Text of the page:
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3 Valentine Tips for Winning Investor Love

Connie Kwan | Monday February 20th, 2012 | 0 Comments

At the Women 2.0 Pitch Conference and Competition this past Valentine’s Day, I hung out with 300 talented and inspiring technology women to watch women-led startups compete for meetings with Silicon Valley VCs.  The startup ideas range the gamut from financial management for solo-entrepreneurs (Prosperity) to coupons for doctor visits (DocPons). Women are vastly under-represented in technology start-up leadership roles. Only 8 percent of technology startups are led by women. Women 2.0 was formed to empower women to start their own companies.

The top 9 startups were chosen from a pool of over 200 applications to publicly pitch at the Valentine’s Day Pitch Conference. Startup teams had 5 minutes to win the panelists over. Panelists included big names in startup investing, such as Dave McClure, founder of 500 startups and Thomas Korte, founder of Angel Pad. No matter how clean the pitch, the panel always challenged the plan. As an entrepreneur who has sat through many investor feedback sessions, I was still able to glean some new insights. Here are a few tips from the panel that you may not expect:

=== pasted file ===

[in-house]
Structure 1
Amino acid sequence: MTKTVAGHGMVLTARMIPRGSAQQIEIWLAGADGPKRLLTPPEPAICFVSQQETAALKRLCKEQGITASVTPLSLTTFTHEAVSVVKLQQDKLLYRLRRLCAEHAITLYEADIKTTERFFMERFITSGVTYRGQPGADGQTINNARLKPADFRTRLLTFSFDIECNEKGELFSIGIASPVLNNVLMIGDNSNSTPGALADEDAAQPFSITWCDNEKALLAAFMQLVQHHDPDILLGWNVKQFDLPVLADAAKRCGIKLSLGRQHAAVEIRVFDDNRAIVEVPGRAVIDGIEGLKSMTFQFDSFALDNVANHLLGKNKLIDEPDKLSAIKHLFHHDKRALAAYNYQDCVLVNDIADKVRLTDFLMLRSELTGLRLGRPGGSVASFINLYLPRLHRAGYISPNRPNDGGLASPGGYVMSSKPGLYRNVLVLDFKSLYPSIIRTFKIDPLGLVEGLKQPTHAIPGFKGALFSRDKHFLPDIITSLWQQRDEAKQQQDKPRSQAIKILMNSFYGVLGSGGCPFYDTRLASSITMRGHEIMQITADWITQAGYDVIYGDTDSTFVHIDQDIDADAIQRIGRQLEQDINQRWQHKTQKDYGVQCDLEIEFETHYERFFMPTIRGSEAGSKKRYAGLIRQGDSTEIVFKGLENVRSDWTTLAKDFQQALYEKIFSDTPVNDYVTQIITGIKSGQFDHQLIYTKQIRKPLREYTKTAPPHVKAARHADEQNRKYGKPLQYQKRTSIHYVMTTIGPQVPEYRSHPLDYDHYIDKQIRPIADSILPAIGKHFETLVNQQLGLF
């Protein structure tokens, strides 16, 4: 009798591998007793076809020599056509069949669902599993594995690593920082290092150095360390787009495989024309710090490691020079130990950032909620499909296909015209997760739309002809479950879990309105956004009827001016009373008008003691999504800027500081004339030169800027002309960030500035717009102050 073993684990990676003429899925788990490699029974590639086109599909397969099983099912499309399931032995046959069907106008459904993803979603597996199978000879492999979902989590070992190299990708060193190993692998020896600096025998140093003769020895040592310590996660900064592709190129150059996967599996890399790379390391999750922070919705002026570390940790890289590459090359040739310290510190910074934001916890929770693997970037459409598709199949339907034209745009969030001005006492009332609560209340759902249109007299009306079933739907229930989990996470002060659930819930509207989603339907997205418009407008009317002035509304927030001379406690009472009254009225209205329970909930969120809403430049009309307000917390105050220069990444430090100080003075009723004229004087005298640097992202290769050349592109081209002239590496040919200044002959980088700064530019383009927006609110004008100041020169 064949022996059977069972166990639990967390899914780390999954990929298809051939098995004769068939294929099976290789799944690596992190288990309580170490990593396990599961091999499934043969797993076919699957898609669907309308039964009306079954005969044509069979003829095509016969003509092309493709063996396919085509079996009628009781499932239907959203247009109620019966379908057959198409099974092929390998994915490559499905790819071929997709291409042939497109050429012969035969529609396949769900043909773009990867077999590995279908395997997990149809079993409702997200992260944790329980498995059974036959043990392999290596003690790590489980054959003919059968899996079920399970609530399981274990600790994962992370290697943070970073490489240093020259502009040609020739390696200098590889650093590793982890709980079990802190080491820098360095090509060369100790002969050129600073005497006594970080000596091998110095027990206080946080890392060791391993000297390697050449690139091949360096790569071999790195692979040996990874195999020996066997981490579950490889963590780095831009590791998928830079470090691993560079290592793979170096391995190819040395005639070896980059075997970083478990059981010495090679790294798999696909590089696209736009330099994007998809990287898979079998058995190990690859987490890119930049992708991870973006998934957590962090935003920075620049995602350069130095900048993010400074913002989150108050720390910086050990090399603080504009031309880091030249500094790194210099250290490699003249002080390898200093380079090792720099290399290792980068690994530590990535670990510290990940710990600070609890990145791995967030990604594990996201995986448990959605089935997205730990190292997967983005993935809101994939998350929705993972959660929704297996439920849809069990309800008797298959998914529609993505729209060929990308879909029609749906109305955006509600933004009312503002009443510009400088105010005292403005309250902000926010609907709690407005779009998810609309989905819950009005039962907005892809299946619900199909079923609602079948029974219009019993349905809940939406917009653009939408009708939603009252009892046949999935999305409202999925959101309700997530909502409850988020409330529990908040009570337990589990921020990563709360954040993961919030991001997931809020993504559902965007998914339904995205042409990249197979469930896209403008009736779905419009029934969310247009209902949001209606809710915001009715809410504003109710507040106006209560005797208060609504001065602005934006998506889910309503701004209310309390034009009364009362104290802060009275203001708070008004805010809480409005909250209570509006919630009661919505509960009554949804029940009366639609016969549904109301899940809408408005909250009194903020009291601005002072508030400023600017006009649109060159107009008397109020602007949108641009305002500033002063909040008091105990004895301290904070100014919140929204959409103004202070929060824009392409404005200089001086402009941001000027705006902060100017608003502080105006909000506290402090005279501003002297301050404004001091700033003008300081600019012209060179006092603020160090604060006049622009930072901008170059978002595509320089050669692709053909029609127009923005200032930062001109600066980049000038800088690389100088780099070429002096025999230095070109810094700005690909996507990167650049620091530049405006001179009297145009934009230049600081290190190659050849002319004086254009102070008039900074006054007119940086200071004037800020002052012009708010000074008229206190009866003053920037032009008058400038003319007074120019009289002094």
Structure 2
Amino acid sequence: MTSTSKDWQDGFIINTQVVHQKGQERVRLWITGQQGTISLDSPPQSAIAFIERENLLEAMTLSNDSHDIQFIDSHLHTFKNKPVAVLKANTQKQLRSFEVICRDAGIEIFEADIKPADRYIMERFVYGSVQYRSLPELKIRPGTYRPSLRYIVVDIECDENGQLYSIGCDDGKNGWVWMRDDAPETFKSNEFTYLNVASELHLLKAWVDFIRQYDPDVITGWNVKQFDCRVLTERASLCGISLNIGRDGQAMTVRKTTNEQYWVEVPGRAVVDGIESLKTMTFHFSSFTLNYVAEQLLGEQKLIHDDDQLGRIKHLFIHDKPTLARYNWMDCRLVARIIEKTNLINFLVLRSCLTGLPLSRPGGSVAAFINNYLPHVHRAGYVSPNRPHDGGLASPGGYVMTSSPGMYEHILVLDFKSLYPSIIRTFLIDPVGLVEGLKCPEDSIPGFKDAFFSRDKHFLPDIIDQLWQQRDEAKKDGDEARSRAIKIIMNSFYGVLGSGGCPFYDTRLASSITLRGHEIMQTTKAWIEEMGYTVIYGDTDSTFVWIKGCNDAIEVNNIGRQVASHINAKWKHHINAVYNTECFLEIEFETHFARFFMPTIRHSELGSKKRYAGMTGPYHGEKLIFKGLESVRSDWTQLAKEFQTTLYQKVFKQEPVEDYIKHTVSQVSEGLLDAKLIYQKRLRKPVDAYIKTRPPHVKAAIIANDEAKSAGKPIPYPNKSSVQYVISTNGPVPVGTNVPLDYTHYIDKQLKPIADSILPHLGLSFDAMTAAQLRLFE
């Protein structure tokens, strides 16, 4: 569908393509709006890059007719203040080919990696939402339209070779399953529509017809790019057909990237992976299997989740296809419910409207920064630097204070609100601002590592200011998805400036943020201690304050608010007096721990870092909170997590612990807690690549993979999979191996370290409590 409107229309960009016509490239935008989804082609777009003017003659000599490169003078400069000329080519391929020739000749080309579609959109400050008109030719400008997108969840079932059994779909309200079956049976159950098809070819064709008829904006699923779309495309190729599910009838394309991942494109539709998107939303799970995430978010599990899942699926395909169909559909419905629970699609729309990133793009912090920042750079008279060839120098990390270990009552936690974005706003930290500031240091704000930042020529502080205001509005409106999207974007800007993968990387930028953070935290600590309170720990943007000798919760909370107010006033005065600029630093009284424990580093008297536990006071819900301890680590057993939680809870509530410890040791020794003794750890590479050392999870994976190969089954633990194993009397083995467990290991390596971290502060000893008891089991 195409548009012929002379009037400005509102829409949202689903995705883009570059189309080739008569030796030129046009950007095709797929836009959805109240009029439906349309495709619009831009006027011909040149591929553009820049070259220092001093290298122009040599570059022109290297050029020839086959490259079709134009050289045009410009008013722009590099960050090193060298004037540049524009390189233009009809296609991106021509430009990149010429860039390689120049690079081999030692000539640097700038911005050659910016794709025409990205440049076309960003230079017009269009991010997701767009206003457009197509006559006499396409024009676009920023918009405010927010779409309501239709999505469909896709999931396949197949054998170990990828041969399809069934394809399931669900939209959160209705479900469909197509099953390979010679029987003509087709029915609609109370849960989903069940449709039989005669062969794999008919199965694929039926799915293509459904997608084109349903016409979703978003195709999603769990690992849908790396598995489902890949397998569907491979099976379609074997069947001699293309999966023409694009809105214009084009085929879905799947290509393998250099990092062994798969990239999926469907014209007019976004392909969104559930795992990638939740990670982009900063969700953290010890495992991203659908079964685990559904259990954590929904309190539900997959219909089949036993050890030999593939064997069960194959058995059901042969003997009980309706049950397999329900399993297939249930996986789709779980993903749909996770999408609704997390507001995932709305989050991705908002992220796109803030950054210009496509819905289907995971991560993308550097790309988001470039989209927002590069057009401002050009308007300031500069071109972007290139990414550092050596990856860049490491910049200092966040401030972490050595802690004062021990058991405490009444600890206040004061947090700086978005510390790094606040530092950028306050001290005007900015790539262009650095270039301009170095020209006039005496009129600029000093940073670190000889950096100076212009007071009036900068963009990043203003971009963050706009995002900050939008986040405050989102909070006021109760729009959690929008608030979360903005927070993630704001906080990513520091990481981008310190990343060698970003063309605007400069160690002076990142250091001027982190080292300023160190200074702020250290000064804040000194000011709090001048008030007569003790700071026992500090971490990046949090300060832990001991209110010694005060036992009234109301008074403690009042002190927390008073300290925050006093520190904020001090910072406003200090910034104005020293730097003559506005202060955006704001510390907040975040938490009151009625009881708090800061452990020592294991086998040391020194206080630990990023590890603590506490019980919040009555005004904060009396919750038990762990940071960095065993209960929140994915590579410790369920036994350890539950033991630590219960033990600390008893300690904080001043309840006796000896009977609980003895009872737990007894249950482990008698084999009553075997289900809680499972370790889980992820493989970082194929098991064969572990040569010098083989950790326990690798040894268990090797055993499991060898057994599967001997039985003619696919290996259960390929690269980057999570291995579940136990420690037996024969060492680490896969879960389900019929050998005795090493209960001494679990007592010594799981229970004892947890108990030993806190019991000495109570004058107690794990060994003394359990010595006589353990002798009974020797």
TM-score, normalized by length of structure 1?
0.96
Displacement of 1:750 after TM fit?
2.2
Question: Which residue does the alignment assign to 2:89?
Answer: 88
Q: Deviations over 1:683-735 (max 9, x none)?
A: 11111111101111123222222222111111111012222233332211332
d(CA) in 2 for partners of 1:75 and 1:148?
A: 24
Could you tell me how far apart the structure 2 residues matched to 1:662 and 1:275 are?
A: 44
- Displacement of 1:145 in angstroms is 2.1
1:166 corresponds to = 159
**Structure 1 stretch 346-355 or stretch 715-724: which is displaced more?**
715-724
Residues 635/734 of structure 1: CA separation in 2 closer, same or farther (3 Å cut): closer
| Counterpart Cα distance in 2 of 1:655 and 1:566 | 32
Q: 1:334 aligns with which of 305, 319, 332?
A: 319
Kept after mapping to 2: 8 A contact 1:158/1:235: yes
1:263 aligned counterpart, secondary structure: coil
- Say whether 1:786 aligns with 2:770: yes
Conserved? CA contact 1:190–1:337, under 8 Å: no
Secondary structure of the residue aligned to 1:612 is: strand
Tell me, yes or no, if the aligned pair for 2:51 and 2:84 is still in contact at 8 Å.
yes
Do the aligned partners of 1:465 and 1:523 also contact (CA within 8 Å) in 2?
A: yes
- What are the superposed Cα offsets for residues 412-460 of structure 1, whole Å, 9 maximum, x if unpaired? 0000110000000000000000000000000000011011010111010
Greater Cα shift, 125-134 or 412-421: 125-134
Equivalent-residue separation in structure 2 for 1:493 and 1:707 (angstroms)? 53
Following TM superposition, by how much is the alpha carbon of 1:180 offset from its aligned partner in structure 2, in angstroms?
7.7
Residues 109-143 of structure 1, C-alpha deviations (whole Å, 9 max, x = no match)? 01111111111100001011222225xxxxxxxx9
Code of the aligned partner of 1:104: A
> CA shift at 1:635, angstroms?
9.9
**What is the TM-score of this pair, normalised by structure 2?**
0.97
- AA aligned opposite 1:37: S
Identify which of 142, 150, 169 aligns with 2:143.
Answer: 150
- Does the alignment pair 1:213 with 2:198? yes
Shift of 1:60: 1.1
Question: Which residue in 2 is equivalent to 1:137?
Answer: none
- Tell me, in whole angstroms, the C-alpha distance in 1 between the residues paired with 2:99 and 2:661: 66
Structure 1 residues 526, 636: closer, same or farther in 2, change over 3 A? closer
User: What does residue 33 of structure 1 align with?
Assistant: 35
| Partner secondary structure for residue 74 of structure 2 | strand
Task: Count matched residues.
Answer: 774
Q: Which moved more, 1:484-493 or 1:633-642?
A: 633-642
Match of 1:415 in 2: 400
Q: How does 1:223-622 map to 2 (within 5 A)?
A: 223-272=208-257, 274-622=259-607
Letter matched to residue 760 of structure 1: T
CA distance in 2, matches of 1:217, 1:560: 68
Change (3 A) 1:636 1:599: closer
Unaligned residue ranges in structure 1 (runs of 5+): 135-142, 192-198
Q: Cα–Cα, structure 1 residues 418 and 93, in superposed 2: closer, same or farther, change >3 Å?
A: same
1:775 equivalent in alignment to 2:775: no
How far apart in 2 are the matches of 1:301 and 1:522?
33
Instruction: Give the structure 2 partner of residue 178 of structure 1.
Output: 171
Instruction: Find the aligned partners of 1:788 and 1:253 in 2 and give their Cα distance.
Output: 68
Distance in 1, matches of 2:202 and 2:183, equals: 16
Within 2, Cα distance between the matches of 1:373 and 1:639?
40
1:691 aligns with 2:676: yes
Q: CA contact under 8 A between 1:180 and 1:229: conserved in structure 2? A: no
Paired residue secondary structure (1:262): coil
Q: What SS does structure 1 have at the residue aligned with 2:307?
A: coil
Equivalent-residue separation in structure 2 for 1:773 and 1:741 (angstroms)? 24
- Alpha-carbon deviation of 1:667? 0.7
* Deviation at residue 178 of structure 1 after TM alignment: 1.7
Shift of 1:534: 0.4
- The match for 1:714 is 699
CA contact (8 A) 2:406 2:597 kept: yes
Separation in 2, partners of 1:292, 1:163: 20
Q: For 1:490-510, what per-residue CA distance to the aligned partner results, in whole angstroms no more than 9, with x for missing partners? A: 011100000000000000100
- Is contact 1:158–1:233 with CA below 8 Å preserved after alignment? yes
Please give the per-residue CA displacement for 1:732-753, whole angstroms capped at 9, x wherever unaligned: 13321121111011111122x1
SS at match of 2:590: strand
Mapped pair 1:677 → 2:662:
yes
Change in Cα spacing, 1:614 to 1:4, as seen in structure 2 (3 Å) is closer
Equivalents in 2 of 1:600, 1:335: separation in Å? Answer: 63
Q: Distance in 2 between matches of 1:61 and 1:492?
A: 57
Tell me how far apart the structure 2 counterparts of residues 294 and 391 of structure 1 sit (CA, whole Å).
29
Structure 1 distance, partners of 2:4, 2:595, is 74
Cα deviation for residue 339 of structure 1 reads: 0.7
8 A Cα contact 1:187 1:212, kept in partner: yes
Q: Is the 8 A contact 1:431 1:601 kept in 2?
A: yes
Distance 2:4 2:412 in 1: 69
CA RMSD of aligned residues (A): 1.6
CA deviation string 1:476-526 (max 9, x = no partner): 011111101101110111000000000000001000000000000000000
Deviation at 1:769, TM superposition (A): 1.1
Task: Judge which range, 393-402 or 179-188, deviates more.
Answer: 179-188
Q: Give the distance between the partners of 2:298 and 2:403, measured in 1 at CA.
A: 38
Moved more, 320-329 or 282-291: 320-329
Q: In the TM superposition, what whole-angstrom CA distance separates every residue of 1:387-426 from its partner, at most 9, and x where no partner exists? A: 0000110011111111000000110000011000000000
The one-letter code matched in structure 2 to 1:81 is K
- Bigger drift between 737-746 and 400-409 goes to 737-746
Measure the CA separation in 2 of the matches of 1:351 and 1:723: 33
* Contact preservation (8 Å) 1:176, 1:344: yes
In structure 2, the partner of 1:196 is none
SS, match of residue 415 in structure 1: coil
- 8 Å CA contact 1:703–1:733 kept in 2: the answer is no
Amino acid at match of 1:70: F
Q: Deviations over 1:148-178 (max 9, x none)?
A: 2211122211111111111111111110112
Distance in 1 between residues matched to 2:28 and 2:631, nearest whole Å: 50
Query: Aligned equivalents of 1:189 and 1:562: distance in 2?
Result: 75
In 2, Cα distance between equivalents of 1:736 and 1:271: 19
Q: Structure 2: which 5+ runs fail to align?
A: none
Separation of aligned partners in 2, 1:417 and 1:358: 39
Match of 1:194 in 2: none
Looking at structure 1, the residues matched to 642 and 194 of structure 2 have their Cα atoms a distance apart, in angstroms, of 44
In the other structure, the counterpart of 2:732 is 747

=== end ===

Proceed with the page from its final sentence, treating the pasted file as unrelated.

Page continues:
1. Press coverage can be perceived as a negative. If press is the main fuel behind your initial user traction, be careful not to highlight it too much and spend time explaining your user acquisition model.  One finalist highlighted her 75k unique visitor statistic and media coverage in the same slide, and was severely questioned on her user acquisition model.
  2. How will you rise above the noise?  Addressing the competition is standard practice and one must assume that investors have heard 30 pitches on the same idea before. The only way to cut through the skepticism seems to be traction. Pitches that demonstrated customer traction were not questioned on competition details.
  3. Be ready to answer scalability questions. One business owner demonstrated great traction with customers, and a sustainable model for user acquisition. But she was drilled on scalability in her internal operations, which included coaching services. The panel did not believe that her coaching services were scalable. While her answers demonstrated otherwise, it’s important to set a good impression during the initial pitch.

Is your startup pitch ready to face up to scrutiny?

Connie Kwan is the founder and CEO of RealMealz.com in Silicon Valley, CA.  She holds an MBA in Sustainable Management from Presidio Graduate School, and covers stories about triple bottom line businesses and projects. Follow her on Twitter @realmealz and @conniemkwan.


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